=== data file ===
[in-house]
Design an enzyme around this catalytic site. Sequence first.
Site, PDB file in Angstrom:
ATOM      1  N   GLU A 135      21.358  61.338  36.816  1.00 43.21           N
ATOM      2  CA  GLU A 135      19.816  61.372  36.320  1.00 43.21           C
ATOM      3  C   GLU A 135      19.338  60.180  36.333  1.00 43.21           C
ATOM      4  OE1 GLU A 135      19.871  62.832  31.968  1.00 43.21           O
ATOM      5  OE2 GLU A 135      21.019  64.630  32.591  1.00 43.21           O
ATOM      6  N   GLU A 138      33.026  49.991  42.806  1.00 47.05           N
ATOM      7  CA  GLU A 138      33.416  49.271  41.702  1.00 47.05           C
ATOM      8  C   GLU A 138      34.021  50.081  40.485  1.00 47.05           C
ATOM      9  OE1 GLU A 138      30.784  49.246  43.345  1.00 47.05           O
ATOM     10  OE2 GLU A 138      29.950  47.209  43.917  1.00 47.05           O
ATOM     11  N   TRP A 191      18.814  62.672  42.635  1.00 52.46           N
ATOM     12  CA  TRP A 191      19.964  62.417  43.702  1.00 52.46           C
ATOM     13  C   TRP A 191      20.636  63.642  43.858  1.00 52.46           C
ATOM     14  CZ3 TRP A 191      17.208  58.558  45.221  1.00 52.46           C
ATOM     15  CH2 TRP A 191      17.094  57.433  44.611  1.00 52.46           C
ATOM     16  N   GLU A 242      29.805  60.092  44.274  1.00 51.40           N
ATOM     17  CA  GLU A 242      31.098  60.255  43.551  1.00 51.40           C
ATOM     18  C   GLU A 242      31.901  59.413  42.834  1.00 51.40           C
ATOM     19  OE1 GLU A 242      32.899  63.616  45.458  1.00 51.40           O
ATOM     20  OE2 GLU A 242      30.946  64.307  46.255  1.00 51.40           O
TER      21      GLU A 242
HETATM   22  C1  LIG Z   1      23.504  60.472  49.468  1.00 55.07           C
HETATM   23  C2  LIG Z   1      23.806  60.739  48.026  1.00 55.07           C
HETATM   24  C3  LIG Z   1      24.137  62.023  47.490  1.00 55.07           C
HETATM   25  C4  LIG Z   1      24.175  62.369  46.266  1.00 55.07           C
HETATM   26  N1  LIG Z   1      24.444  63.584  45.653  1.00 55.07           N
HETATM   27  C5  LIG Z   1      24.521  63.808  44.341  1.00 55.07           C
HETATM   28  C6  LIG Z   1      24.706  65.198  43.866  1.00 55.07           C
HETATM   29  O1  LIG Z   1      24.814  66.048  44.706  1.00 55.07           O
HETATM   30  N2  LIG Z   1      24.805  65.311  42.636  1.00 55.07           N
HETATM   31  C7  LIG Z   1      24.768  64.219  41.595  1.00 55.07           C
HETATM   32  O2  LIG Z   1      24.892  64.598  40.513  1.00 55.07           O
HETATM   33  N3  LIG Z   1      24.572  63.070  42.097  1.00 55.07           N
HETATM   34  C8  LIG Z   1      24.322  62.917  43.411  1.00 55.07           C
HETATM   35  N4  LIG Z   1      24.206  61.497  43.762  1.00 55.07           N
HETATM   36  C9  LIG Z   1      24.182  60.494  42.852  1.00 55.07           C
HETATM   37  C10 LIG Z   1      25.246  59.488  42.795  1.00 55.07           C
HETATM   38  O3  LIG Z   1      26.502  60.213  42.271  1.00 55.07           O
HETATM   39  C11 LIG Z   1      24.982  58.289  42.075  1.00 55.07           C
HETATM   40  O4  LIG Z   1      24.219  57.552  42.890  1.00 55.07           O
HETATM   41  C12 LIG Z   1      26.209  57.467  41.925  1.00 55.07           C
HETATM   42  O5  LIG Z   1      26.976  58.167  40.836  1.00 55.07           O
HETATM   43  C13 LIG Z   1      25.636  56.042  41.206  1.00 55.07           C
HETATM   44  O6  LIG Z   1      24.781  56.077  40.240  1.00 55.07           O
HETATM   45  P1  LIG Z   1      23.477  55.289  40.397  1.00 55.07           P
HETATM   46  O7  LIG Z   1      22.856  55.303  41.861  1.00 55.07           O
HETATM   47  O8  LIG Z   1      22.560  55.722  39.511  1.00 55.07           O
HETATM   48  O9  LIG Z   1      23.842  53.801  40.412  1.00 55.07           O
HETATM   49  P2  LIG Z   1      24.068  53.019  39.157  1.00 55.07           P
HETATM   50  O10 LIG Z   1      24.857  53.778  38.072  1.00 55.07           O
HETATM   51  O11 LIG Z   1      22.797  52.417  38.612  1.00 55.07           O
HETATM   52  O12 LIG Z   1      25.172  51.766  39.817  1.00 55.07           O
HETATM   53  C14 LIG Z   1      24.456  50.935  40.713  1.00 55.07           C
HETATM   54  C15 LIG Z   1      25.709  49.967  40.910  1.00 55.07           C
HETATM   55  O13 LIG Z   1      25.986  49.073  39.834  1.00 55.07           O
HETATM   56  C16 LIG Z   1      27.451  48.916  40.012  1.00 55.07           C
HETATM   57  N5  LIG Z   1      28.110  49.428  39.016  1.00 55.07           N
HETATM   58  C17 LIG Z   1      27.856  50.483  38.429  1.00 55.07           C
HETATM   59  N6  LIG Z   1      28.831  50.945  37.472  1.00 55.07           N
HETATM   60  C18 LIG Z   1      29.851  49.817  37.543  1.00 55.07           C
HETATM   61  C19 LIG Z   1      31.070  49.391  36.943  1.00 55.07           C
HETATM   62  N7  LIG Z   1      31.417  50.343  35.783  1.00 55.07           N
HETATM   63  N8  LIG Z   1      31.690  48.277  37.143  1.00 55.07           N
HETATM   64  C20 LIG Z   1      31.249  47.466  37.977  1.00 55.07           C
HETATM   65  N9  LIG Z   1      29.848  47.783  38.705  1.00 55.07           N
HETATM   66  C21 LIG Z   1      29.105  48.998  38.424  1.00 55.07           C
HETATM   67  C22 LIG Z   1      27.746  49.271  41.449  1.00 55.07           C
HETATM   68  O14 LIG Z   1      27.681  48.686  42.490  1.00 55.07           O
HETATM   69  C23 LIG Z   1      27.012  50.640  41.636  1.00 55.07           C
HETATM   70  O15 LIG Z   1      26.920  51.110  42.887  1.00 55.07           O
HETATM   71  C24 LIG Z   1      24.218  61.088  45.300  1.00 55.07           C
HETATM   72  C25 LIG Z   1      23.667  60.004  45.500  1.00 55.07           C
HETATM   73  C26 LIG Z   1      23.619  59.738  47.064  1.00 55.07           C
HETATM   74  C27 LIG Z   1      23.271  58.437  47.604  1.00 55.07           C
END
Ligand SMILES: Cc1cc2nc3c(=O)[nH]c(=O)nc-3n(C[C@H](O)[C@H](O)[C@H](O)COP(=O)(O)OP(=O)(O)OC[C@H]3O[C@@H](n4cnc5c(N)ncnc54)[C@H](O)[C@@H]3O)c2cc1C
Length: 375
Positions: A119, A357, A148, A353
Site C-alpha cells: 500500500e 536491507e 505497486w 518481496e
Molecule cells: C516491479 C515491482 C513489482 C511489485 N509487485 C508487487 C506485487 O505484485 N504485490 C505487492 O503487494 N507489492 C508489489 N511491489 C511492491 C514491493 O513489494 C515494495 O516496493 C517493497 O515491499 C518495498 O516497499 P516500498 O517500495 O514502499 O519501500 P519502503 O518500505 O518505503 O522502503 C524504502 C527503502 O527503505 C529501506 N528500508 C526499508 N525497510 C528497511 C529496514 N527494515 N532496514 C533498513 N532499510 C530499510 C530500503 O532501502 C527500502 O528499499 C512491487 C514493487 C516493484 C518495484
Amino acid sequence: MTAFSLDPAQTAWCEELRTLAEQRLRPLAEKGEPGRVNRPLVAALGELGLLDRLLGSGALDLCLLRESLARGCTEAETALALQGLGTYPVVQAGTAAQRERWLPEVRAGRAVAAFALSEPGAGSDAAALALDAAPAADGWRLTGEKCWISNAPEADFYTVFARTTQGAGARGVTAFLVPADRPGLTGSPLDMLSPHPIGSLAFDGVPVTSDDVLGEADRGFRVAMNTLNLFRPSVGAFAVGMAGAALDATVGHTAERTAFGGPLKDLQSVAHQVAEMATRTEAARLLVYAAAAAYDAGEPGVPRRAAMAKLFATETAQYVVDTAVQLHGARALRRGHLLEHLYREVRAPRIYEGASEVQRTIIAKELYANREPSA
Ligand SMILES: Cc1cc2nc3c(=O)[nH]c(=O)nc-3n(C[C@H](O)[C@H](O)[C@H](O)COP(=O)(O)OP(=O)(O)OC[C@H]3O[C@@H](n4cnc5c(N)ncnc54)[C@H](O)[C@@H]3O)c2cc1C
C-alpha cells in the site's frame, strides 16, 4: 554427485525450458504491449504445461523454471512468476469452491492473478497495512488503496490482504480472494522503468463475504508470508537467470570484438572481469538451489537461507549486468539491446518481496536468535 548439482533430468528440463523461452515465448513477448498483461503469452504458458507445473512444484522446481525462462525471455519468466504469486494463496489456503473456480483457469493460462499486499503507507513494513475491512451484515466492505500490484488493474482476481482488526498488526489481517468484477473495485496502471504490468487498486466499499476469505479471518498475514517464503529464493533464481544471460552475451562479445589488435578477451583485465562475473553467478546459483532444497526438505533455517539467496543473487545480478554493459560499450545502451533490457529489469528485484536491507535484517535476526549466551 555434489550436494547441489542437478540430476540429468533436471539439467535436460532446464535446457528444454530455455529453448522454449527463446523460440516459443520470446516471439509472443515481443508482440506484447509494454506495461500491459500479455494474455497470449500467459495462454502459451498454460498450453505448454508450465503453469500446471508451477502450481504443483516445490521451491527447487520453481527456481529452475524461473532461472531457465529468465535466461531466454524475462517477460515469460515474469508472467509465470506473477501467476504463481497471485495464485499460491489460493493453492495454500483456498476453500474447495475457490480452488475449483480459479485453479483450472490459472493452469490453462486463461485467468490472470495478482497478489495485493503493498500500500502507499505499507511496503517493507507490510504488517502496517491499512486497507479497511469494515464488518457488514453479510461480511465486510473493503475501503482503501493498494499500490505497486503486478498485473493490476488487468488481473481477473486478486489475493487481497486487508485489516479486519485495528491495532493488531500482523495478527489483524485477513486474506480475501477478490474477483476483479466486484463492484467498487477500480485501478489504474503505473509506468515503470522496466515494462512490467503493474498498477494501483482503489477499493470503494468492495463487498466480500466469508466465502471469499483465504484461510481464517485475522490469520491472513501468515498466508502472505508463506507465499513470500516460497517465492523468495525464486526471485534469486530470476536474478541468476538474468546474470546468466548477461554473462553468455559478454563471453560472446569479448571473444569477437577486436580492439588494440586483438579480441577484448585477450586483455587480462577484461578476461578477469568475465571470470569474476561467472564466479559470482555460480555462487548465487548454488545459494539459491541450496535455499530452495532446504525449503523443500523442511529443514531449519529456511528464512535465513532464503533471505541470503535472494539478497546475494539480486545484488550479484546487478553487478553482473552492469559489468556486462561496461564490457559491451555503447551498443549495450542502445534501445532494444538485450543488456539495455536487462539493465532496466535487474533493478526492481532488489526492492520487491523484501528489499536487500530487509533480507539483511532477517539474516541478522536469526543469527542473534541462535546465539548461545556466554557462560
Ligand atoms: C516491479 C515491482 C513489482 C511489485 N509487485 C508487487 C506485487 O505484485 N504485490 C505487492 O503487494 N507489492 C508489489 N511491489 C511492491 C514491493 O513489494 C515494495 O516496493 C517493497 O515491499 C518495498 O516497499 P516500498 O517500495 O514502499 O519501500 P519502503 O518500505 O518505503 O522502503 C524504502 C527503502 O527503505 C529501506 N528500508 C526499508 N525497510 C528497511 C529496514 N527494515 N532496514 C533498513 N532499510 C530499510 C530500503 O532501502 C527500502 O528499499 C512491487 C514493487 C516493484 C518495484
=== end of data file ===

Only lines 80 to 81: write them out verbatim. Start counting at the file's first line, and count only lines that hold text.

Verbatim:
Length: 375
Positions: A119, A357, A148, A353